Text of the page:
Month: September 2019

HMCS <em> Iroquois </em> damaged in Korea
Military Milestones

HMCS Iroquois damaged in Korea

  HMCS Iroquois was on its first tour of duty in Korea, under frequent fire as it patrolled the peninsula’s east coast, itself frequently firing on North Korean rail lines. A tunnel near Songjin on the main rail line carrying war supplies from Russia to North Korea was frequently shelled and under constant repair. It was the target for about two hours on Oct. 2, 1952, as Iroquois worked to keep repair crews from bringing the line back into operation. At 4 p.m., the Tribal-class destroyer stopped firing and began a long, slow turn seaward. North Korean shore batteries opened fire when Iroquois was fully broadside. In the petty officers’ mess, Peter Fane was positioned to pass shells from the ship’s magazine to the gun battery on the deck above. Suddenly over the ship’s broa...
A new online health promotion
Serving You

A new online health promotion

Starting this September, veterans and their family members will be able to participate in a free online health promotion program called MissionVAV. This program, sponsored by the Veteran and Family Wellbeing Fund, is a fun way to improve wellness in different areas such as fitness, decreasing stress, improving sleep, eating healthier and losing weight. The program sets up missions, which include physical activities that can be measured. The missions last approximately six weeks and each one has a different wellness goal. Start a team, join a team or do it on your own, there are many ways to take part whenever you want and wherever you are. Because the program is online, anyone with access to the internet using a computer, tablet or smartphone can join a mission. The objective of each ...
Goggle-eyed lifesaver
Artifacts

Goggle-eyed lifesaver

Legion Magazine sat down with Tim Cook, author and historian at the Canadian War Museum, to discuss the introduction of gas warfare in the First World War and the invention and evolution of Gas Masks used to save the soldiers’ lives. The first gas mask issued to British troops after the Germans unleashed the devilish new weapon in 1915 was devised by a doctor from Newfoundland.  On April 22, 1915, German troops on the Western Front released 160 tonnes of chlorine gas, which turned into a yellow-green cloud six kilometres long and half a kilometre wide. It drifted on the wind over Canadian and French lines and, heavier than air, settled in low areas—turning trenches into death traps. When chlorine contacts moisture in the eyes, nose and lungs, it turns to an acid that blinds...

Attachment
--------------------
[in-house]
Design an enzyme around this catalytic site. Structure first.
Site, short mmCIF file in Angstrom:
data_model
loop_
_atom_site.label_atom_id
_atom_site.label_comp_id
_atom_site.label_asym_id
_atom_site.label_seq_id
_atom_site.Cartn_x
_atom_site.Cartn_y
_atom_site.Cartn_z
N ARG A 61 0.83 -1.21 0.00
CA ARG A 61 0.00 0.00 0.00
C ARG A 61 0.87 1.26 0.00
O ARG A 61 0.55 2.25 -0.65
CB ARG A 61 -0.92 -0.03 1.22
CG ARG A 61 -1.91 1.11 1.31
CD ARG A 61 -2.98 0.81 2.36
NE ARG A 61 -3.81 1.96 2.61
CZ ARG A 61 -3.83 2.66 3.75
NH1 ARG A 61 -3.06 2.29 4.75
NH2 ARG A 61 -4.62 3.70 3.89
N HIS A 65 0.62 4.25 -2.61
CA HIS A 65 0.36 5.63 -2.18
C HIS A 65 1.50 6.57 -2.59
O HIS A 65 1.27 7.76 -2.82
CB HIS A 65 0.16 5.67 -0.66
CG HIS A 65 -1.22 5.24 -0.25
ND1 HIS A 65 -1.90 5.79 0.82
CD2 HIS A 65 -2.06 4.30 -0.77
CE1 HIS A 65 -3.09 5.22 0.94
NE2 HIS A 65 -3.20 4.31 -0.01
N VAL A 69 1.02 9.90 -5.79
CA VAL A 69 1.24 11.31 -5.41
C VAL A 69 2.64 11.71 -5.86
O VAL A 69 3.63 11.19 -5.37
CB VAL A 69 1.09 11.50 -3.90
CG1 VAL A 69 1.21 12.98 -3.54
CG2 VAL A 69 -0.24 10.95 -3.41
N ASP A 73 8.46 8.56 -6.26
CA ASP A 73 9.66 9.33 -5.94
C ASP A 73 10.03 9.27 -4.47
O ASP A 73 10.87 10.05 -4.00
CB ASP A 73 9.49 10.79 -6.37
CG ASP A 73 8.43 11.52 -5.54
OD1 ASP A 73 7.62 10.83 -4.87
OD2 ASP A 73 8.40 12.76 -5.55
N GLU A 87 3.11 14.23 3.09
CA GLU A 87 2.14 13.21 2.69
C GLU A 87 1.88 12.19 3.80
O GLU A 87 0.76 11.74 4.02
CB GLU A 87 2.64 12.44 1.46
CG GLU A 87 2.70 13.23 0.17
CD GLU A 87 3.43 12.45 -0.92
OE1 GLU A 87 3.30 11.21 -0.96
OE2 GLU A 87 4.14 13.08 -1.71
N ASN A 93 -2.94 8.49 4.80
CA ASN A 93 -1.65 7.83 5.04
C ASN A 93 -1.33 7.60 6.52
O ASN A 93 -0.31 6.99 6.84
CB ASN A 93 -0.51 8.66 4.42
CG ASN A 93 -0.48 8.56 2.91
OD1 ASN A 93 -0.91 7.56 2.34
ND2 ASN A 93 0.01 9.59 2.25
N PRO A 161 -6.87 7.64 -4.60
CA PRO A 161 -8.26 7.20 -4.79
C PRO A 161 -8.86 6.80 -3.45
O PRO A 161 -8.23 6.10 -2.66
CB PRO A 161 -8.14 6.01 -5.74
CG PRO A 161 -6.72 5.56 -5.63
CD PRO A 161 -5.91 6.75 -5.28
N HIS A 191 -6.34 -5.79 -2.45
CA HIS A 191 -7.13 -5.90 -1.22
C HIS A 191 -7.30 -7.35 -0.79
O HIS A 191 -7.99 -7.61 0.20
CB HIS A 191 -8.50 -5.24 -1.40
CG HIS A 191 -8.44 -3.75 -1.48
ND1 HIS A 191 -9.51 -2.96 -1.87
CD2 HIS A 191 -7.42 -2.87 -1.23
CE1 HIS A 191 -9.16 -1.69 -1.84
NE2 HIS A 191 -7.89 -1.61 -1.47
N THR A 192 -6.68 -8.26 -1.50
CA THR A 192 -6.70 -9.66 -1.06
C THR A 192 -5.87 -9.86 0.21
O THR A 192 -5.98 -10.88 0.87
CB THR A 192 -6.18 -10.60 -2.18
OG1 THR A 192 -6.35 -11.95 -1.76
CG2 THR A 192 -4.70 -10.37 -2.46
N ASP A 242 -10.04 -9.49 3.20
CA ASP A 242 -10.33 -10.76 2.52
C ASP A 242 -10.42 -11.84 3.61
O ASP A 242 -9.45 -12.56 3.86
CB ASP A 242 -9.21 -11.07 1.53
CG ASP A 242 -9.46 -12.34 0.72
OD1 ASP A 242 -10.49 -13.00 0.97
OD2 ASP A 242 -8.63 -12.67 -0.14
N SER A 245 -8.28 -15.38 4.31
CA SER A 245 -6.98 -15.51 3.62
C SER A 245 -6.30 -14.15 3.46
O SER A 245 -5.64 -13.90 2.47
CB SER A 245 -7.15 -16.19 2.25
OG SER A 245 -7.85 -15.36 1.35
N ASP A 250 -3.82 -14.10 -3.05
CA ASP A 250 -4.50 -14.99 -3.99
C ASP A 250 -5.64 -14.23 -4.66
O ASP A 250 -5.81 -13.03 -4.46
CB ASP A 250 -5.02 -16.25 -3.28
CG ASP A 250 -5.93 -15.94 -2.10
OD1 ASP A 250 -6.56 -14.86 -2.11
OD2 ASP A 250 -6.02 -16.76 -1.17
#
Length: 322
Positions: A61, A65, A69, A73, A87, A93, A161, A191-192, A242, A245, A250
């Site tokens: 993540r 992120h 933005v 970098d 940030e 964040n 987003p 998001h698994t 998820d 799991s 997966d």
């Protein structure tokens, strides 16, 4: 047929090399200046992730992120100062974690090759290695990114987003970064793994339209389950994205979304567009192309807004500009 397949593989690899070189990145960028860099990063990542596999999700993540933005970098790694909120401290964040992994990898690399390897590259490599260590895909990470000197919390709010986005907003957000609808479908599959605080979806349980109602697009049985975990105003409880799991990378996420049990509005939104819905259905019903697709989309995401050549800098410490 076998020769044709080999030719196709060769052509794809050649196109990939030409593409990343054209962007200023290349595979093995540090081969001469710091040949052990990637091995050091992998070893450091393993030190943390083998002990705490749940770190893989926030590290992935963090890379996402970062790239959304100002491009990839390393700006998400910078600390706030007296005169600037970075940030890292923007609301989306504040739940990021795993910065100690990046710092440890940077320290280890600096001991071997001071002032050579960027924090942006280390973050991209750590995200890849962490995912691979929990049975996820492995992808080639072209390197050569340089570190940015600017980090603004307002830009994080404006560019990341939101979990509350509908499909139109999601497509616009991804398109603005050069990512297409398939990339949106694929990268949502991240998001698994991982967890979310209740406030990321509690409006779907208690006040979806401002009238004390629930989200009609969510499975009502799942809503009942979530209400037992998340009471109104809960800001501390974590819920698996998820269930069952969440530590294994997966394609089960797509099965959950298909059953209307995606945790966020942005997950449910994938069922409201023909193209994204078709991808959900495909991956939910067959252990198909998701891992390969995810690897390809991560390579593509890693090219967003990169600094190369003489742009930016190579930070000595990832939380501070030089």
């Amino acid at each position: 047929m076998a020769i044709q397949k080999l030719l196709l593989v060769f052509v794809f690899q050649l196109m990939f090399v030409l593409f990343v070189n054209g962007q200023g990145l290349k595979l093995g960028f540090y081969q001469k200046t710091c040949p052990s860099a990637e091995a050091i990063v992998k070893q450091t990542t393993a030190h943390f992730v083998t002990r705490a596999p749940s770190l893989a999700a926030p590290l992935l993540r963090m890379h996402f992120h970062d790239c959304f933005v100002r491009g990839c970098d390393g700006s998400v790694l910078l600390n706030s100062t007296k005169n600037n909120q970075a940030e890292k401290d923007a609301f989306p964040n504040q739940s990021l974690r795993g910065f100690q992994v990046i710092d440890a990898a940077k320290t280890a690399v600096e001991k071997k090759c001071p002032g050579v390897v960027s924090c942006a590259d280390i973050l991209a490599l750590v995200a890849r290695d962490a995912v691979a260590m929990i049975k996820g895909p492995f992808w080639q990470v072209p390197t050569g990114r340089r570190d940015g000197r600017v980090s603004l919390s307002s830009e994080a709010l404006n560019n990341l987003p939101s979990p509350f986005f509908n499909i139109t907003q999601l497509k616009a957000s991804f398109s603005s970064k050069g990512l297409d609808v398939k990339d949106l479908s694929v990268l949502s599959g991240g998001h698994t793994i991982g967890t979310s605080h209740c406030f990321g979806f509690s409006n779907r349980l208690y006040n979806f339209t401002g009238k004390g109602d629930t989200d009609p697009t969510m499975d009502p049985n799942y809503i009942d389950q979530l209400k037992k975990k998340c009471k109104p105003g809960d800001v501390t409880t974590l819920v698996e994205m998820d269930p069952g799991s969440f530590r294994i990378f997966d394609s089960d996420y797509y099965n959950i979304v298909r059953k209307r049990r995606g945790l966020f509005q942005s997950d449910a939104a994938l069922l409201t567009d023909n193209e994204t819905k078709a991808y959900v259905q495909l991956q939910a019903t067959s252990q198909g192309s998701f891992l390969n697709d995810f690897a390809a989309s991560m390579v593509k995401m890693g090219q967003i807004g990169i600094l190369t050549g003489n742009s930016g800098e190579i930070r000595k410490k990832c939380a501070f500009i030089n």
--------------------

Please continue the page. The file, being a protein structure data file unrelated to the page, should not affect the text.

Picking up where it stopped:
The costs of war (Part 2): Military greenhouse gas emissions
Front Lines

The costs of war (Part 2): Military greenhouse gas emissions

A series of reports produced by the Costs of War Project says the American military is contributing significantly to climate change, emitting more greenhouse gases than some developed countries and compromising national security in the process. The United States Department of Defense is “the world’s largest institutional user of petroleum and correspondingly, the single largest producer of greenhouse gases in the world,” according to Pentagon Fuel Use, Climate Change and the Costs of War, a report by Neta C. Crawford, a co-director of the project, based at Brown University’s Watson Institute. The report estimates U.S. military greenhouse gas emissions exceeded 1.2 billion tonnes between 2001, when the war on terror began, and 2017. In 2017 alone, the Pentagon’s greenhouse gas emissio...
BOMARC missiles come to Canada
Military Milestones

BOMARC missiles come to Canada

In 1957, the United States and Canada signed the North American Air Defence Agreement to place their air forces under joint command to facilitate defence of the entire continent from Soviet nuclear bombers. On Sept. 23, 1958, Prime Minister John Diefenbaker announced that under that agreement, two Royal Canadian Air Force squadrons were to be equipped with surface-to-air guided BOMARC anti-aircraft missiles. But the prime minister failed to inform Canadians that the BOMARC missiles would have nuclear warheads. When the news broke in 1960, the country was plunged into a contentious military and moral debate. Diefenbaker’s own cabinet was split on the issue, and anti-nuclear protests were held throughout the country. Should Canada live up to its Norad obligations, or stand up in ...
Cree chief exonerated after 1885 conviction
News

Cree chief exonerated after 1885 conviction

Canadian military history was corrected in a formal ceremony on May 23 in Saskatchewan when Prime Minister Justin Trudeau exonerated Chief Poundmaker, who had been convicted of treason in 1885. Poundmaker was a Cree chief of a reserve at Cut Knife Hill in Saskatchewan. He had been involved in treaty negotiations with the federal government but when relations between the Métis and First Nations soured, Métis leaders convinced Louis Riel to return to Canada and lead what became known as the Northwest Rebellion, also referred to as the Northwest Resistance. With his people starving after a harsh winter, Poundmaker led a party of Cree to Battleford to demand the rations that had been promised but not delivered by the government. In the wake of the rebellion, local villagers had fled their ...

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